They are imprisoned for a minor offense, while money flows to private prison operators, police units wielding army-level weaponry, and companies that profit off of cheap labor.

Oh, and as far as room and board go, how much would you pay per year to be locked in a cell with another man every day, pissing in the corner of the room and getting let out in the yard once a day for exercise, like an animal?

dennis, rick, and brian...

pardon my french, but you are full of it.


as I said, maybe these guys could, you know, try not to do stuff that gets them arrested and put in prison?


stop the little violin for the criminals and the pity party

Get your facts straight, then distort them as you please!

Excellent article Dave!

It should be pointed out that while incarceration rates are the highest in the United States, other counties have seen their rates go up dramatically as well. Back in 2003, the British press reported that prisoners at Wealstun took to the roof after changes to the exercise routine and the arrival of inmates from Liverpool and Manchester and that overcrowding lay behind the disturbances. Even the conservative Prison Officers Association blamed the record numbers crammed into Britain's jails.

In Toronto, two inmates were beaten to death in the last year while in the horribly overcrowded Don Valley Jail. Studies have also shown that assaults, protests and suicides are rising sharply in Canadian prisons.

And all this is happening while most statistics show that violent crime has been on a steady decline since the 1970s! If you profiled the prison population at the moment, around half would be abusers of drugs or alcohol and about a third would have mental health problems of one kind or another. Around one in three will have been in the care of foster parents, and at least half will have had serious problems at school and therefore literacy problems. The profile is not one of sophisticated and violent robbers. The vast majority are people who come from very poor backgrounds.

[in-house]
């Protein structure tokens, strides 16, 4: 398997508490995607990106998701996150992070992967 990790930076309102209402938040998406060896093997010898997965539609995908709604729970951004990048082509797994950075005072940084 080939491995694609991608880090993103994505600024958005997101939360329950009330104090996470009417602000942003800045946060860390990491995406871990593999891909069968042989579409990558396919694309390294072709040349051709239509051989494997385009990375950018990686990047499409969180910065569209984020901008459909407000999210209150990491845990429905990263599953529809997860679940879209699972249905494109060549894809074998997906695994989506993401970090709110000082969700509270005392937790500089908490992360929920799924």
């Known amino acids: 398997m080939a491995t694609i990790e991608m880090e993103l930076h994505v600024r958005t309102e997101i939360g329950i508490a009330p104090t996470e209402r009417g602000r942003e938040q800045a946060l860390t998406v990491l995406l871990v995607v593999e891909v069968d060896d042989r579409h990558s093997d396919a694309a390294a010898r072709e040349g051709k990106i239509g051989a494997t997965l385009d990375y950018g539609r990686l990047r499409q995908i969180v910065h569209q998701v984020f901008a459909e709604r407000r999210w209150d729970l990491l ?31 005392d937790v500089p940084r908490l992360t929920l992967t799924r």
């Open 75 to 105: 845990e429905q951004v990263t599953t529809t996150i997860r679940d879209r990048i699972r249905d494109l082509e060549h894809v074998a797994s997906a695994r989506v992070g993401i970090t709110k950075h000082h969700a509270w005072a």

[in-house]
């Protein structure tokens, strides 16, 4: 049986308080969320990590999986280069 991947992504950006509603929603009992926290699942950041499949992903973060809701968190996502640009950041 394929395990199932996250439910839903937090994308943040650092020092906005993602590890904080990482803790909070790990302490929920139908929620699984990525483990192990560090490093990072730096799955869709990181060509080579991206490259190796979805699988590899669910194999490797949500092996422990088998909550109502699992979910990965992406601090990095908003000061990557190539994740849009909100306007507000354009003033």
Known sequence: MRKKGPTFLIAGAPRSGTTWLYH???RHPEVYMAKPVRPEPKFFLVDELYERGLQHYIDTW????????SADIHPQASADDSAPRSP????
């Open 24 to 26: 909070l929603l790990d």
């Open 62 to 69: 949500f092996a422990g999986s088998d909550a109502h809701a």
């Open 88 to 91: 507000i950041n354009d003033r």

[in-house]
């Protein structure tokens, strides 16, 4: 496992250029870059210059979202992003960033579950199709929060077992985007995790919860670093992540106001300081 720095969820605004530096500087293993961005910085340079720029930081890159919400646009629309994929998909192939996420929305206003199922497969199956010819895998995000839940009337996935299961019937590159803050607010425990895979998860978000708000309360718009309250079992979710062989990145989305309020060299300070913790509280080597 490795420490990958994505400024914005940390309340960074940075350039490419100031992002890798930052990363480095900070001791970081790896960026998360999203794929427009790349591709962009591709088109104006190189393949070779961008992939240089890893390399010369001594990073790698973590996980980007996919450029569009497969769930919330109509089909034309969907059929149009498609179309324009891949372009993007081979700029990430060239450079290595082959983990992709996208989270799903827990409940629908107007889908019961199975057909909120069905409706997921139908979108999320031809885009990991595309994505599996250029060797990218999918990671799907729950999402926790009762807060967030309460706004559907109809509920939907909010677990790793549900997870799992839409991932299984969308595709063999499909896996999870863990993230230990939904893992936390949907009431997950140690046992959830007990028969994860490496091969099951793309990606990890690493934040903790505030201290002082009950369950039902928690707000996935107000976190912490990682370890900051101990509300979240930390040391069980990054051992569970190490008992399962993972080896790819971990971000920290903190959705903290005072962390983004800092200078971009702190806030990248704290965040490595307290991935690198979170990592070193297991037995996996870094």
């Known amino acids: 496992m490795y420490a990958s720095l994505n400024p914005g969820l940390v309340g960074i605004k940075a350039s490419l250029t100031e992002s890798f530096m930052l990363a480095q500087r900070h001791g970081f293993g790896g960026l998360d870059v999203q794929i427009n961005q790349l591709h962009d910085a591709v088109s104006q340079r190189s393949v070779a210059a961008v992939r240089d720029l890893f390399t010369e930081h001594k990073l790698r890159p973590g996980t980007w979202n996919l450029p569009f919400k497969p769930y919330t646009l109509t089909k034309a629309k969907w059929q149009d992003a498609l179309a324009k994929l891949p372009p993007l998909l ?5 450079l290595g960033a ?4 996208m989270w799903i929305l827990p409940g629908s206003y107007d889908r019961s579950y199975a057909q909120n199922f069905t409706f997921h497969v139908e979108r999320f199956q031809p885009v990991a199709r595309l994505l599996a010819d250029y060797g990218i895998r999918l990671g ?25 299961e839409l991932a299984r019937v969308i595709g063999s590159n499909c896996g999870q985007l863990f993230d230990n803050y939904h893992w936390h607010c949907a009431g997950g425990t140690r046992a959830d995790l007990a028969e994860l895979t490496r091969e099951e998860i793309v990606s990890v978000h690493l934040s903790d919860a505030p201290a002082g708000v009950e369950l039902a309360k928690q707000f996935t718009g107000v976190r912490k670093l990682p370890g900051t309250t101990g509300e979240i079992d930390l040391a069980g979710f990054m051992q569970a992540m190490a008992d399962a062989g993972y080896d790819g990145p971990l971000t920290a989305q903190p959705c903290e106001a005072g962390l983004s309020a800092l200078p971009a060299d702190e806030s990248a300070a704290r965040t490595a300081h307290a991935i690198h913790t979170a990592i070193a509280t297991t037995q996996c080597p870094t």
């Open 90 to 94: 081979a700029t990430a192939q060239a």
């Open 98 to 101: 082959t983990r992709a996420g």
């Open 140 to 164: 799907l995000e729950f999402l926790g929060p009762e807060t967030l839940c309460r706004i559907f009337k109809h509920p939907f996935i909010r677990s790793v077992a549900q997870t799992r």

Prison is not the place for these people. But to break the cycle you need proper retraining and skilling, investment in the public sector and infrastructure, and the removal of obstacles to getting people in to meaningful work.

Prison labor takes jobs

Regardless of how you think prisoners should spend their time, why should large private companies benefit from the cheap labor? Small businesses, who have to pay minimum wage, can't compete with that. Every prison laborer takes a job from an unemployed worker, who needs a living wage in order to get by without resorting to crime.

Prison, Sports, and Race.

1965. yeah I did it. 16 years old. Elmira,NY
reformatory. 18hr lock in. Now the pay then was 5 cents a day. damn no raise increase.
these jails are made for punishment only. Blacks arent the only criminals. fast forwward to 1990. Counselor in a substance abuse program. Black youth stay in, 17arrests white boys go home. no bail. their own reconnesence. but thanks Dave.keep the pressure on.

Boys in the Hall

I put some time in working in the max unit at local Juvenile Hall. All young men of color, all abused and let down by the adults in their lives. Most are doomed to a life inside, or dead, and they know it.

new question...

i certainly hope no one here defends plaxico burress for his completely asinine men's health interview.

dear dexx...

Dear dexx,
With all due respect, why don't you go watch Fox or read Mein Kampf? Your intellect is clearly far superior to ours.

A Question

Does anyone have a source/more info on companies hiring/outsourcing to prison?

umm.. dexx is pretty crazy

Making things about you is what a blogger is supposed to do. and Zirin is a genious! he has shaped many of my sports opinions with his book! soooo his arguements aren't petty they are legitimate. anyway! Dave you're pretty much a hero of mine! xD

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Dave Zirin is the author of the book: "Welcome to the Terrordome: The Pain, Politics and Promise of Sports" (Haymarket). You can receive his column Edge of Sports, every week by going to dave@edgeofsports.com.